If elected president of Associated Students Inc., Corey Miracle wants to advance the campus in several areas, including mental health awareness, sexual assault prevention, campus parking and healthy food options.
His leadership experience stems from previously participating in a legislative committee and the activities committee from ASI.
He has also served as president of the Interfraternity Council at Fresno State, where he represented about 530 students, he told editors of The Collegian during a recent interview. He is a member of Lambda Chi Alpha fraternity.
Miracle said he started researching his campaign pledges about four months before presidential candidate applications were due. He asked students and organization leaders what they wanted to see changed on campus. They were mainly concerned about the previously mentioned areas.
“With mental health awareness, that’s a point I know a lot of close people around me have struggled with – it has a personal tie to me as well,” Miracle said. “I think a lot of the things I’ve noticed that campus has done have been good. The only thing that’s been lacking is the assurance that there’s discretion.”
On sexual assault, Miracle said prevention is important to him and his slate, “the Miracle Workers.” Though he stated that the percentage of sexual assaults has remained steady with the university’s effort to bring it down, he wants to make sure it remains an important topic.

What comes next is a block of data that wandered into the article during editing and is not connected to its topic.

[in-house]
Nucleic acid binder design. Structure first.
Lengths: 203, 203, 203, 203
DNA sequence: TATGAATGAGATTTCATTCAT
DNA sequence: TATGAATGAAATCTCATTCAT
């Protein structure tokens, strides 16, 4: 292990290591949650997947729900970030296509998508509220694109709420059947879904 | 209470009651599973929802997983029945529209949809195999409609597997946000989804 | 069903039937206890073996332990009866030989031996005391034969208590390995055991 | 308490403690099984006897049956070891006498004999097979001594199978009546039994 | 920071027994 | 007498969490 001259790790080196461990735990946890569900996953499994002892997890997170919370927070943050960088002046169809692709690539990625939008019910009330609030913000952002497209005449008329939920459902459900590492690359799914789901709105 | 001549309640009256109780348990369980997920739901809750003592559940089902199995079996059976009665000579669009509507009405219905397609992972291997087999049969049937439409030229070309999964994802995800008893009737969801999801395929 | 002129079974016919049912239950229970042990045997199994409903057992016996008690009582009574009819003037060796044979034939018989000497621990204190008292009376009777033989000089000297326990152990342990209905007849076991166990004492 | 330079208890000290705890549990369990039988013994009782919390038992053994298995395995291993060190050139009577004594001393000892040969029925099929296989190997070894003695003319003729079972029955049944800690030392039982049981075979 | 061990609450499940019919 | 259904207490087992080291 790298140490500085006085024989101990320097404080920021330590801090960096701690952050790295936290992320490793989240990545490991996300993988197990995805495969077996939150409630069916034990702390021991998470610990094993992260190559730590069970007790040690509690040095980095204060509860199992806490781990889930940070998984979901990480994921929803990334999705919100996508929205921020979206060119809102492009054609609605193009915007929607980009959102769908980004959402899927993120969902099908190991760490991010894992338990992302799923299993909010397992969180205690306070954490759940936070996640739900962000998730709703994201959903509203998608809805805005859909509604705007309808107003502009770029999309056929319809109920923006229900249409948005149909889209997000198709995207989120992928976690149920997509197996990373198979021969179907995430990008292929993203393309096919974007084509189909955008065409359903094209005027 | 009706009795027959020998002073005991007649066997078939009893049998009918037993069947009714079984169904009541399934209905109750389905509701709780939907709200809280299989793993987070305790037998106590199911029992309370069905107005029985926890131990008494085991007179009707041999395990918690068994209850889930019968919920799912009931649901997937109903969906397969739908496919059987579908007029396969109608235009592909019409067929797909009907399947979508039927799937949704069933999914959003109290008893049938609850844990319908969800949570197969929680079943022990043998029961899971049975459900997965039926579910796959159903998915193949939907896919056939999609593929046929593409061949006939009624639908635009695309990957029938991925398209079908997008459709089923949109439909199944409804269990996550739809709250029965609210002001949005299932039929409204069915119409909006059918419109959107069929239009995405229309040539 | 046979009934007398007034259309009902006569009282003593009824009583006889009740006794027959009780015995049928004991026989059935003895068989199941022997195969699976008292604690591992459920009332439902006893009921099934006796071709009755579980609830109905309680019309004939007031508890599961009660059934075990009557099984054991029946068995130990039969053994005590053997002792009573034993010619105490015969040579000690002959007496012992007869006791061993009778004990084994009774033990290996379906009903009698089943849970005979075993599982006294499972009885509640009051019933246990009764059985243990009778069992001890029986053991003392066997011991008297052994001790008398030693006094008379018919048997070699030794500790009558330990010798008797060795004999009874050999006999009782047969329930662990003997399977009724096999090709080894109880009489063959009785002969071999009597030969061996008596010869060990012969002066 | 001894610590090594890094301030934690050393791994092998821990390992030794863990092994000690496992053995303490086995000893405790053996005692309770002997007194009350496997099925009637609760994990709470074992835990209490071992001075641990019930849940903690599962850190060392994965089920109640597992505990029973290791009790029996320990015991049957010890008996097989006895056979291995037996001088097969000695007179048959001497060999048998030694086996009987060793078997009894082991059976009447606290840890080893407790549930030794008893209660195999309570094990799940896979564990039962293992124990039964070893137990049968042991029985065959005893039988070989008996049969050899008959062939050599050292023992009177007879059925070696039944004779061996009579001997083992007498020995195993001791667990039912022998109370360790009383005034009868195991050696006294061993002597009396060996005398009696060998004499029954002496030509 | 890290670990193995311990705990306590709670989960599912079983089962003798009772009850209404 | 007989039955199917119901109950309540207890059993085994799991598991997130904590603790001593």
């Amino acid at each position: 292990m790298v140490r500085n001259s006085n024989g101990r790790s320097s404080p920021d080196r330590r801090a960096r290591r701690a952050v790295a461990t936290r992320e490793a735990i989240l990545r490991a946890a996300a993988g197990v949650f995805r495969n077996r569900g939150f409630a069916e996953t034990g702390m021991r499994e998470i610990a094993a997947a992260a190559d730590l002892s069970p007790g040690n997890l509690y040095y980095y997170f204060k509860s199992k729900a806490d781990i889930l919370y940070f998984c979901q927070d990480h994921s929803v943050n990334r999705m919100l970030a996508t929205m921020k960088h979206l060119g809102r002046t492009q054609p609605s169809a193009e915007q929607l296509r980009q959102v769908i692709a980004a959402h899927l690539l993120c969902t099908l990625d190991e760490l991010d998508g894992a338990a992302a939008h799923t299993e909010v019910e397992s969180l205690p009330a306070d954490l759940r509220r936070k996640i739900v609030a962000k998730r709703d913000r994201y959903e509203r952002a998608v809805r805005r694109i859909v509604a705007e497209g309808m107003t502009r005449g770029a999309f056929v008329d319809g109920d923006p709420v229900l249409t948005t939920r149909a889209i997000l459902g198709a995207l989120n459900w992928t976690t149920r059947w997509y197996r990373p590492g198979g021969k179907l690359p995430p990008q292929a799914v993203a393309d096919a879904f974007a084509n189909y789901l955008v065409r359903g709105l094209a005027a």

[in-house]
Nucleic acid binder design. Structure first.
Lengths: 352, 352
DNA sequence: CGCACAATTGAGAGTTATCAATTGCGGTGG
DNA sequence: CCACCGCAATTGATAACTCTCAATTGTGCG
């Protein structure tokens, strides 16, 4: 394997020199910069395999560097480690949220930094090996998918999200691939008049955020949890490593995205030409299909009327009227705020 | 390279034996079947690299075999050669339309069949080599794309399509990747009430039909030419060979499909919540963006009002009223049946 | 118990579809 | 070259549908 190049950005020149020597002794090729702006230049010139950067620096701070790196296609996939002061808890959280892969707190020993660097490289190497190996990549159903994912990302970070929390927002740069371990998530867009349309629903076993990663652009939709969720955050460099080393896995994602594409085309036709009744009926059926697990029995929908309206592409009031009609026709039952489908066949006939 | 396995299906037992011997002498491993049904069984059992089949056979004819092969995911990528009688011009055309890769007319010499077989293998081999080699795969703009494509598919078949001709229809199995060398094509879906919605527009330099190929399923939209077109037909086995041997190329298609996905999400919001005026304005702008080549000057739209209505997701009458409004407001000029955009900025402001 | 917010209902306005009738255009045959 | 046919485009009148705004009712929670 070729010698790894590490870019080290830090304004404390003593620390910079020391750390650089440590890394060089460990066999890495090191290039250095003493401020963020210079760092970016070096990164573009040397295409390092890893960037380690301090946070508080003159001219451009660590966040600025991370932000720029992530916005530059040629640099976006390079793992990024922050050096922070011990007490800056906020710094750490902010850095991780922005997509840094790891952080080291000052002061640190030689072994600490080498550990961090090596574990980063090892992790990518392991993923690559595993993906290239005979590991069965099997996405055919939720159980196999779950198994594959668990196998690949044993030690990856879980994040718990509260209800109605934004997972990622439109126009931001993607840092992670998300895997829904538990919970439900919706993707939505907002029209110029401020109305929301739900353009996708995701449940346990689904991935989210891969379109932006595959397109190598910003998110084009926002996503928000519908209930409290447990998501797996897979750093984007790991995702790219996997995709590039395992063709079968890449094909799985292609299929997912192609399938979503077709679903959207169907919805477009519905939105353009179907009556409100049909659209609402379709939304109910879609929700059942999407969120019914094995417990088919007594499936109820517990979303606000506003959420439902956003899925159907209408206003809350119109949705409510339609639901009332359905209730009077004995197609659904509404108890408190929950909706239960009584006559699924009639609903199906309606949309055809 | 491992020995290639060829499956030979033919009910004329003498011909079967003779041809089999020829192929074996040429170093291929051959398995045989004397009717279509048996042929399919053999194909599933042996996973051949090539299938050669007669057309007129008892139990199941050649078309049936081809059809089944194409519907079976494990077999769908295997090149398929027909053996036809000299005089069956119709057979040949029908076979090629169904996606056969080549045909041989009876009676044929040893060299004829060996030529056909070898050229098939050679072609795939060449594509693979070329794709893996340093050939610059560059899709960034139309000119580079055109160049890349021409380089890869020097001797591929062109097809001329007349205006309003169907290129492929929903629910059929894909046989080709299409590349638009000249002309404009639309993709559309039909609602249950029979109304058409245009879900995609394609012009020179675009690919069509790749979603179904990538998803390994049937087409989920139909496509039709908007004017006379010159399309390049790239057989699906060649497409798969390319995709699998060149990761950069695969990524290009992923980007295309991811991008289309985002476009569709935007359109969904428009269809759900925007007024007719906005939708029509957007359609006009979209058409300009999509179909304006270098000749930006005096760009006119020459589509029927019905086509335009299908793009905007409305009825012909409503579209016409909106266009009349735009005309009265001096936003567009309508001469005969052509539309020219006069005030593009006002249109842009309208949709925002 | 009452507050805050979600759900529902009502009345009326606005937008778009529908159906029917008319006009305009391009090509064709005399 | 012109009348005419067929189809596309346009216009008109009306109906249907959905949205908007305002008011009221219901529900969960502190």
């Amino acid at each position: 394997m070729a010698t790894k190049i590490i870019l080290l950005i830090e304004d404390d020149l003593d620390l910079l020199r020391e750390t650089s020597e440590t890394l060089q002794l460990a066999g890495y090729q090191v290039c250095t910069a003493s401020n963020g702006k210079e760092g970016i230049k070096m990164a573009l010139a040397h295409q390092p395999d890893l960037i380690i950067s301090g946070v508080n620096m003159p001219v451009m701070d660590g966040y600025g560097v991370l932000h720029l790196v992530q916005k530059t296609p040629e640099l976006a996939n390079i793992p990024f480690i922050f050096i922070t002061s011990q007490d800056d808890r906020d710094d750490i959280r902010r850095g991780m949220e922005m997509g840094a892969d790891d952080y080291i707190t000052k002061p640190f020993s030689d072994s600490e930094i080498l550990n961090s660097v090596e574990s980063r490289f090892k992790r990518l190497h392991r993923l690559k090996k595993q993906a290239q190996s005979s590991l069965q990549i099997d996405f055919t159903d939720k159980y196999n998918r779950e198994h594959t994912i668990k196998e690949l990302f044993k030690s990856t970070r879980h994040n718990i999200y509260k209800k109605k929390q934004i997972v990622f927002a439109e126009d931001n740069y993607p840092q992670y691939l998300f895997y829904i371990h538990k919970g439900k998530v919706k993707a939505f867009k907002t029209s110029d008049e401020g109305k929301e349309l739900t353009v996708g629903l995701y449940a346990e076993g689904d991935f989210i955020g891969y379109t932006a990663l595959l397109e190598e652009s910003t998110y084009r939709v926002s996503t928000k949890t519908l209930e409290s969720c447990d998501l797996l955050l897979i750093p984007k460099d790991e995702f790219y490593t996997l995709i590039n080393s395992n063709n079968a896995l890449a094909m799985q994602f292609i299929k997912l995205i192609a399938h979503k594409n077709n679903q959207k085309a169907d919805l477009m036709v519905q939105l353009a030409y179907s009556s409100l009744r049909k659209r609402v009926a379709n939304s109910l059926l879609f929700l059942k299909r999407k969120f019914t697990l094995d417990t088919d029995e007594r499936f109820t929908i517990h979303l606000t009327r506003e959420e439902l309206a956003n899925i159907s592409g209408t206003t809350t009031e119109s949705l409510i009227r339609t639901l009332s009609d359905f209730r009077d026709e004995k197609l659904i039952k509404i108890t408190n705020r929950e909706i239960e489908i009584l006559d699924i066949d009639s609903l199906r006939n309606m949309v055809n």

Although students have voiced their opinion about wanting a parking structure, Miracle said it is may not be feasible.
“For each current spot that we have on campus, it costs about $2,000 to make,” he said. “The per spot price for [a parking garage] would it be about $20,000, which is 10 times more.”
Possible parking solutions, Miracle suggested as candidate for ASI president, include encouraging students to carpool, adding more shuttle stops to the campus shuttle – Bulldogs Express – and adding another shuttle bus.
A $700,000 reserve of student fees has been the topic of discussion at recent ASI meetings. The funds are separated into three categories: Working Capital or Current Operations reserve; Capital Replacement reserve; and Planned Future Operations reserve.
Miracle wants to use the funds to improve “faulty” buildings, classrooms and bathrooms, he said.
“It’s disappointing that we have all that going on and we have a nationally recognized library on our campus,” he said. “We have stairs that creak and bathrooms that are inadequate, so those are things I think should be fixed.”
On the topic of the New USU, which students will vote on in a referendum during the 2018 ASI elections, Miracle said he will respect the decision of students after a previous similar project failed.
“I know right now we have a lot funds being offered for it, and they will be lost if we don’t do it and that just sucks,” Miracle said. “That’s going to backtrack the project a lot, but right now I think I just respect what the students want. I do encourage students to learn more information about it because the more information I learned, the more I supported it.”
If the New USU referendum passes, Miracle said, adding restaurants with healthy food options, something he pledges to address, would be ideal. If it does not pass, he would like to collaborate with the University Dining Hall to provide more healthy food options.